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Both the offense and defense deserve credit for the Steelers win over the Saints on Sunday

The Steelers win over the Saints Sunday wasn’t dominant, nor was it complete. But it was about as close as Pittsburgh has come in a long time.

NFL: New Orleans Saints at Pittsburgh Steelers Charles LeClaire-USA TODAY Sports

When was the last time the Steelers had a complete victory?

I’m talking about a thorough beatdown of an opponent where all three phases of the team stood out.

It’s really hard to say, but the Steelers failed to achieve that again on Sunday in their 20-10 victory over the Saints at Acrisure Stadium.

The special teams certainly didn’t stand out, specifically replacement kicker Matthew Wright, filling in for an injured Chris Boswell. Wright failed on two of his four field goal attempts, including a 48-yard try that was shanked so far to the left, one had to wonder if he ever took lessons from Mike Vanderjagt.

But you have to say the other two units did their part on Sunday, especially a defense that appeared to be reborn under the leadership of a returning T.J. Watt. Pittsburgh’s defense was simply stifling, holding the Saints' offense to a grand total of 186 yards—including 157 through the air and 29 on the ground.

The Steelers' pass rush made a return on Sunday, maybe not with a vengeance, but Watt’s presence likely drew attention away from Alex Highsmith, who recorded Pittsburgh’s only two sacks on the day.

Pittsburgh’s defense even managed to end that pesky no-takeaways streak that had reached three-plus games when a returning from IR Damontae Kazee, a safety who once led the NFL in interceptions, picked off a pass from Andy Dalton early in the fourth quarter with the Steelers clinging to a 13-10 lead.

Late in the fourth quarter, after the Steelers parlayed Kazee’s interception into a Kenny Pickett keeper to take a 20-10 lead, cornerback Levi Wallace pulled an anti-Witherspoon by out-muscling Saints receiver Kevin White to intercept a second Dalton pass and all-but-end the competitive phase of Sunday’s affair.

We also have to give credit to the Steelers' offense on Sunday. Was it dominant? No. Was it all that efficient? No. Was it explosive? Certainly not. Did the offensive line hold up well vs. the Saints' front seven? Heck no! (New Orleans recorded six sacks.)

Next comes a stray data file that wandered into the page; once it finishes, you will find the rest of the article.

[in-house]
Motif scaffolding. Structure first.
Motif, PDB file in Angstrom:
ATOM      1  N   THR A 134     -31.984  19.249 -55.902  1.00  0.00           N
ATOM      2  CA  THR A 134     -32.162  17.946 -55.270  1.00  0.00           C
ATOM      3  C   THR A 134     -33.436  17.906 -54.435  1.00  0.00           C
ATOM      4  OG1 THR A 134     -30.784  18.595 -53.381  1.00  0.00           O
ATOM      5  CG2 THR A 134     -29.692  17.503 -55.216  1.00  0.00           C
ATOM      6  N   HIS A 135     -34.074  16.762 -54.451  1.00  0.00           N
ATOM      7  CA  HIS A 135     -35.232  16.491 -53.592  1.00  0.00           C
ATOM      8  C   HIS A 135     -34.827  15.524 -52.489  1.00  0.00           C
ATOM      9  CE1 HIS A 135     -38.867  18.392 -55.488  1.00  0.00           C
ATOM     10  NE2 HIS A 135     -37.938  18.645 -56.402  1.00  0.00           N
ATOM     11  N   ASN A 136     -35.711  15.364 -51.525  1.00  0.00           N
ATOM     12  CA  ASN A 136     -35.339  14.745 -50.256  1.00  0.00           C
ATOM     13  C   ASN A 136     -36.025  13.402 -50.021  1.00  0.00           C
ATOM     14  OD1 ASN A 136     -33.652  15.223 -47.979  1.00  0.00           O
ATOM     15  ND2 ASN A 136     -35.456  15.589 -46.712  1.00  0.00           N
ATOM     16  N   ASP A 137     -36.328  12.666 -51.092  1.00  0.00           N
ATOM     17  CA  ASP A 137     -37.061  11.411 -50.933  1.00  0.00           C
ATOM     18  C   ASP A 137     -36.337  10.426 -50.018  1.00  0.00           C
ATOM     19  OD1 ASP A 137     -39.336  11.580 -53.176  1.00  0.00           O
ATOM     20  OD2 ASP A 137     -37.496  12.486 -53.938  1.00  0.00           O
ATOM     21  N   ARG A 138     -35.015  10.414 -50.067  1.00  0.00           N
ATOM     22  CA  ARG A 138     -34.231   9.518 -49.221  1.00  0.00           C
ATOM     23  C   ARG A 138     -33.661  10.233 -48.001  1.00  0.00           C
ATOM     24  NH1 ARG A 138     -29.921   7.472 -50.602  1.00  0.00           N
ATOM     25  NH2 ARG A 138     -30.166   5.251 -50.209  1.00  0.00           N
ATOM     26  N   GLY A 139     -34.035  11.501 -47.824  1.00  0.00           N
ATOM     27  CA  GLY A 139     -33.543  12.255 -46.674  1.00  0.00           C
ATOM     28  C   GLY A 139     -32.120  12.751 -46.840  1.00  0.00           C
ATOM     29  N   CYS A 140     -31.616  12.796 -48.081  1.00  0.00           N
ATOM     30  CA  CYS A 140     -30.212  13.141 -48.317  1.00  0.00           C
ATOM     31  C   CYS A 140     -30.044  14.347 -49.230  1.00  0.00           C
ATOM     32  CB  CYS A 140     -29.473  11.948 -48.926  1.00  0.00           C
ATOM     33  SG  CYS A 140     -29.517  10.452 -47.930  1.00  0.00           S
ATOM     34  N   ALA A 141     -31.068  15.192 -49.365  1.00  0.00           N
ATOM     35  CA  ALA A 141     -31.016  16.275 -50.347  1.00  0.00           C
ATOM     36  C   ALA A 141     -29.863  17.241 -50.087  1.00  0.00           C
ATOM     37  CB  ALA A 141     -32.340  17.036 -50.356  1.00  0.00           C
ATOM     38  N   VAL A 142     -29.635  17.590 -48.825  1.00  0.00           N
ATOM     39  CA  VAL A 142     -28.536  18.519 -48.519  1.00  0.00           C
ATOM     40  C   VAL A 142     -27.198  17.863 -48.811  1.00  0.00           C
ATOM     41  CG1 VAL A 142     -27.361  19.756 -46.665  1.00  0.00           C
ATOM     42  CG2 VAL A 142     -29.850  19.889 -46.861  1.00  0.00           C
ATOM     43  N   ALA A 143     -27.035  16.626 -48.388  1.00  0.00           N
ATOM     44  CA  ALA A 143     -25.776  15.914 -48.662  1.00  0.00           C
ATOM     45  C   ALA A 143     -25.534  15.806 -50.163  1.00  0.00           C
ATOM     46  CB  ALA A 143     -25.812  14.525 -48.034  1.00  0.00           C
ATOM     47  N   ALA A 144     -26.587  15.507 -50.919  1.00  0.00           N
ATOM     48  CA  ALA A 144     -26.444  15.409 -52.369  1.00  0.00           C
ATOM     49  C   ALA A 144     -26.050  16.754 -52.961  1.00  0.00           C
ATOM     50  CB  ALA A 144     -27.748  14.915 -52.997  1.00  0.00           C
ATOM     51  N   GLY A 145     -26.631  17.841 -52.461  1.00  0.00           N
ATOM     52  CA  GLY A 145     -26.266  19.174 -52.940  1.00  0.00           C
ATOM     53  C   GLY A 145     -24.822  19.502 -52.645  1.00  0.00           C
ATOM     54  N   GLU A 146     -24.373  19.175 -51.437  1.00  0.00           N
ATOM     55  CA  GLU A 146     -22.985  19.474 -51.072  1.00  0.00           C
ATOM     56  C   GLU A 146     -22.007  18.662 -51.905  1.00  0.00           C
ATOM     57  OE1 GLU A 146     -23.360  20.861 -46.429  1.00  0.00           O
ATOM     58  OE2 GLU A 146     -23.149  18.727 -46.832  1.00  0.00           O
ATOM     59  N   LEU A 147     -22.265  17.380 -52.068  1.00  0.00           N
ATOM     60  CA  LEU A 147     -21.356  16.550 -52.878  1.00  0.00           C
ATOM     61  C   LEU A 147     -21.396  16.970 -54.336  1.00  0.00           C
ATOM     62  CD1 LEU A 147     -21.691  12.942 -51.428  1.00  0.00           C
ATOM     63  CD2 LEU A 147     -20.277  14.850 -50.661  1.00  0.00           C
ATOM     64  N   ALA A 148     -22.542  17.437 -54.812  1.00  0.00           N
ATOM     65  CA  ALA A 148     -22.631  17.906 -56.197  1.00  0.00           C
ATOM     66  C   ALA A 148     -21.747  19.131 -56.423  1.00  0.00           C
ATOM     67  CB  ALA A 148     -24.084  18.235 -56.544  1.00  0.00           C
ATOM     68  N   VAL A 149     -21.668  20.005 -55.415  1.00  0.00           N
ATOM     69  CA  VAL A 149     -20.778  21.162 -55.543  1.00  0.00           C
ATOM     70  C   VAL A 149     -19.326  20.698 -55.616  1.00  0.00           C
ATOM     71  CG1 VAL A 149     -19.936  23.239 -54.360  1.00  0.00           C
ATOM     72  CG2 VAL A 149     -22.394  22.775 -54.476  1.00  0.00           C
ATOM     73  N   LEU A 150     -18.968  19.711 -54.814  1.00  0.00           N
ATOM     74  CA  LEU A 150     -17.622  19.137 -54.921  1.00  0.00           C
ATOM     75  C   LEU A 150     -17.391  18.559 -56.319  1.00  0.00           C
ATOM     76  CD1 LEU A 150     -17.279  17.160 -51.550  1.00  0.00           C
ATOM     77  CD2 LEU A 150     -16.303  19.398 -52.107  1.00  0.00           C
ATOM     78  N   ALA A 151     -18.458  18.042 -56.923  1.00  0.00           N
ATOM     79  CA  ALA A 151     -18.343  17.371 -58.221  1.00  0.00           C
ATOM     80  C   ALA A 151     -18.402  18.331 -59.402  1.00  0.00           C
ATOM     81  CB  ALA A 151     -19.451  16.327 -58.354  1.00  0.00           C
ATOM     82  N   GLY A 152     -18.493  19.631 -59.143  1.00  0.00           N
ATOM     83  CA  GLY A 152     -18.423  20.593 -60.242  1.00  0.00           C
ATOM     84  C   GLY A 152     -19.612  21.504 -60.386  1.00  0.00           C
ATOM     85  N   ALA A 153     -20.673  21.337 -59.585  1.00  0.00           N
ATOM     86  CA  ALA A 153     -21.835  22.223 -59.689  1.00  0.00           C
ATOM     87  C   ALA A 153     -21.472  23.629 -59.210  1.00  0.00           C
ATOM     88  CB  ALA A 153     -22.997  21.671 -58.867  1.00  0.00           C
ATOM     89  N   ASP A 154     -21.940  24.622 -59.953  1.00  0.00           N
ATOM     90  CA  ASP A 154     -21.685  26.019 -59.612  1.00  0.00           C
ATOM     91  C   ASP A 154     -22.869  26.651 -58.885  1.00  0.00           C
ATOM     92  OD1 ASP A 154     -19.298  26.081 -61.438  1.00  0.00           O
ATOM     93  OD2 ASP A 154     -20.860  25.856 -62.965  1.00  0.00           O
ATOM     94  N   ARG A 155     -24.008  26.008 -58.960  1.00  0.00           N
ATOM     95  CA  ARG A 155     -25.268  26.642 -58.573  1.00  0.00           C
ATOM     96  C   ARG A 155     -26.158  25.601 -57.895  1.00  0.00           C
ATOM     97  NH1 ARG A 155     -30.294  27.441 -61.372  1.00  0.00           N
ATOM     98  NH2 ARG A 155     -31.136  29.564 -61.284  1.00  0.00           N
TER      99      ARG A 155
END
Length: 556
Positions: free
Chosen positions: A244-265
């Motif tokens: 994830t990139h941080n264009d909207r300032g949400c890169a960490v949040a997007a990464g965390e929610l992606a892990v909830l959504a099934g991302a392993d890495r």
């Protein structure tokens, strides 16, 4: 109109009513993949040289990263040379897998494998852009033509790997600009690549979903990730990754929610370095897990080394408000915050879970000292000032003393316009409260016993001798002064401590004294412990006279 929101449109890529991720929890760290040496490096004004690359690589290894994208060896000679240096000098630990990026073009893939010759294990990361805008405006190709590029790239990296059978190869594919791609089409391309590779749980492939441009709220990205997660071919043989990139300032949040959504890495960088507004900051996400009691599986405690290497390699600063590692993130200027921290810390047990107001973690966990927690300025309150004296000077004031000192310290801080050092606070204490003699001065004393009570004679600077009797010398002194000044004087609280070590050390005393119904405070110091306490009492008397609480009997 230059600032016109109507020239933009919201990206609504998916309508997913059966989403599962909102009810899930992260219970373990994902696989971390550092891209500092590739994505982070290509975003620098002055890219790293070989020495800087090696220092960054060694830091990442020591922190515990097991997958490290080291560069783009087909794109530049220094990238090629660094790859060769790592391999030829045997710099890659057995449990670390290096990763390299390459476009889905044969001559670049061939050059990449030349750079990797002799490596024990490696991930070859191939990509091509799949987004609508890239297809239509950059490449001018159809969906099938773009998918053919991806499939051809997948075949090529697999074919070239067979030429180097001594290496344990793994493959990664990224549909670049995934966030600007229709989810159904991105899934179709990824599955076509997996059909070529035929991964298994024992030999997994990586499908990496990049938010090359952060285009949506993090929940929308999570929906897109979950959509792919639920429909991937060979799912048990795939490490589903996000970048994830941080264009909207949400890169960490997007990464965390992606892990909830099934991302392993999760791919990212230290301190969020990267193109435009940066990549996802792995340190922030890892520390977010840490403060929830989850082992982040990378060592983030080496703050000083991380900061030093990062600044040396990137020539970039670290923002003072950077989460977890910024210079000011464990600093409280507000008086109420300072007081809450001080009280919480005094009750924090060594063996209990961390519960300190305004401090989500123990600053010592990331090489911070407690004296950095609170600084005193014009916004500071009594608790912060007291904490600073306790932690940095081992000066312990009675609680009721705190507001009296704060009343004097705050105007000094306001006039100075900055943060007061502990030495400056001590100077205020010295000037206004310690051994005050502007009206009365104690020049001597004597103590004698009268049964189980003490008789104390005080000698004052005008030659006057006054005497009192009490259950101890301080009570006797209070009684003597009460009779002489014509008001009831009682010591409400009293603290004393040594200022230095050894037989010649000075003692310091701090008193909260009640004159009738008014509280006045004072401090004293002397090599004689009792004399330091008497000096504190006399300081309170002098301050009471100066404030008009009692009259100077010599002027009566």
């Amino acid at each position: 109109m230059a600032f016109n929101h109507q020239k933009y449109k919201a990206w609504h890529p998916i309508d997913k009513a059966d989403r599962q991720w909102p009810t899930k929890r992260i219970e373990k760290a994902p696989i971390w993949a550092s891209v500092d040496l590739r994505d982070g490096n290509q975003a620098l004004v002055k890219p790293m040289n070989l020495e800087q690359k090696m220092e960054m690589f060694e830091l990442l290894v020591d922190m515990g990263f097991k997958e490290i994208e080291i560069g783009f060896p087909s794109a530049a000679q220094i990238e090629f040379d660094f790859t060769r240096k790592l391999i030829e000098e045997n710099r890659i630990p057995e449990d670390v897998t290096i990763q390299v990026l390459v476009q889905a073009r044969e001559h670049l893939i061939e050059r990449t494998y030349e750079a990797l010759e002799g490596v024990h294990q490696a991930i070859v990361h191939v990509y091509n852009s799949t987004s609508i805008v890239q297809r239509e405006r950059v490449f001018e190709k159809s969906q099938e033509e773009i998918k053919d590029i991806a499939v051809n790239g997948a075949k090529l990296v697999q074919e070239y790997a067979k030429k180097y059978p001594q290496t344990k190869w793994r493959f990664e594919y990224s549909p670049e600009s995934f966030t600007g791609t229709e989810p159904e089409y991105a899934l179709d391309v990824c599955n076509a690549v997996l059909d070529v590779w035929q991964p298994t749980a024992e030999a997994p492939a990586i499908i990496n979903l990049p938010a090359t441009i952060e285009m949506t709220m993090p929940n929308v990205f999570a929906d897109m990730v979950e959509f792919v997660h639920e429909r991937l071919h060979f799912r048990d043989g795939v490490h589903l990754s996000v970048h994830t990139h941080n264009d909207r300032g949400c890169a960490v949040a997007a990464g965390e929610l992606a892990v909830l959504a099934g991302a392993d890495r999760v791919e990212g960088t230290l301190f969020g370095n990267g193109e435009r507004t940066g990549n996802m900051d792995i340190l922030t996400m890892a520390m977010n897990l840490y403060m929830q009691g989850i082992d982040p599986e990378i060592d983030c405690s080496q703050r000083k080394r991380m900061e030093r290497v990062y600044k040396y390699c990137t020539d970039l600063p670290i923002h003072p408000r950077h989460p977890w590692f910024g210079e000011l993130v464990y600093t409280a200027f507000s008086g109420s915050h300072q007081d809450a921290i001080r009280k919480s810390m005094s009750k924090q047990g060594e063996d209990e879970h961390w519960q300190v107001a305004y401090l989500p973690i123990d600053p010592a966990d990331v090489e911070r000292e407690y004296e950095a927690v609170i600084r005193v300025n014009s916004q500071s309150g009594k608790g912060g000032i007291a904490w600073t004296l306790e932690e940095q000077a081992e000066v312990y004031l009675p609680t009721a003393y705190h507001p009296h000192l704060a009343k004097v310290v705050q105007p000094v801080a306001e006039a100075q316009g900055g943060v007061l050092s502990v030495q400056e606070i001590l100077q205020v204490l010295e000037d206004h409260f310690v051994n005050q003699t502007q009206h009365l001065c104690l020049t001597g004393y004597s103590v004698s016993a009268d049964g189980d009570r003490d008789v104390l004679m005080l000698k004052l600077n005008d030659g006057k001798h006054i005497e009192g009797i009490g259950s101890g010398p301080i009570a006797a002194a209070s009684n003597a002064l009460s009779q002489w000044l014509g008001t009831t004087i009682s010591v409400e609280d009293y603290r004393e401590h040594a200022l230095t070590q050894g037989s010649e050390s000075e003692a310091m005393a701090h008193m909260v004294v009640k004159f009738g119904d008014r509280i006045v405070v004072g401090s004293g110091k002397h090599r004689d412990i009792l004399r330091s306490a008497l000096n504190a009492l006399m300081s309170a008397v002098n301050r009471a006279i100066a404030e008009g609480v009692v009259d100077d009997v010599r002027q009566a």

But Matt Canada’s unit was more effective than we’ve seen in a while, especially on the ground where Pittsburgh rumbled for 217 yards. Najee Harris had his best game of the season by far, rushing for 99 yards on 20 carries and looking as decisive as he ever has as a professional running back.

Pickett wasn’t magnificent against New Orleans's stout defense, completing 18 of 30 passes for 199 yards and zero touchdowns. Pickett missed some throws he’d like to have back, but he also made some throws he probably wished his receivers would have been able to pull in.

While the Steelers offense wasn’t a juggernaut, it did possess the football for a dominant amount of time (38:56) while running a whopping 79 plays. Pittsburgh also converted nine of 17 third-down attempts and played a mostly mistake-free game, complete with zero turnovers; the Steelers were called for just three penalties on the day, two of which were against the defense near the end of the first half, as the Saints were driving for their only touchdown of the day.

Mistake free. Efficient on offense. Dominant on the ground. Dominance by the defense.

Sunday’s game was likely the formula many had envisioned would lead to success prior to the 2022 campaign.

It hasn’t worked out that way all too often through nine games, but maybe Sunday was the start of a trend that can lead to a lot more success for the Steelers down the stretch.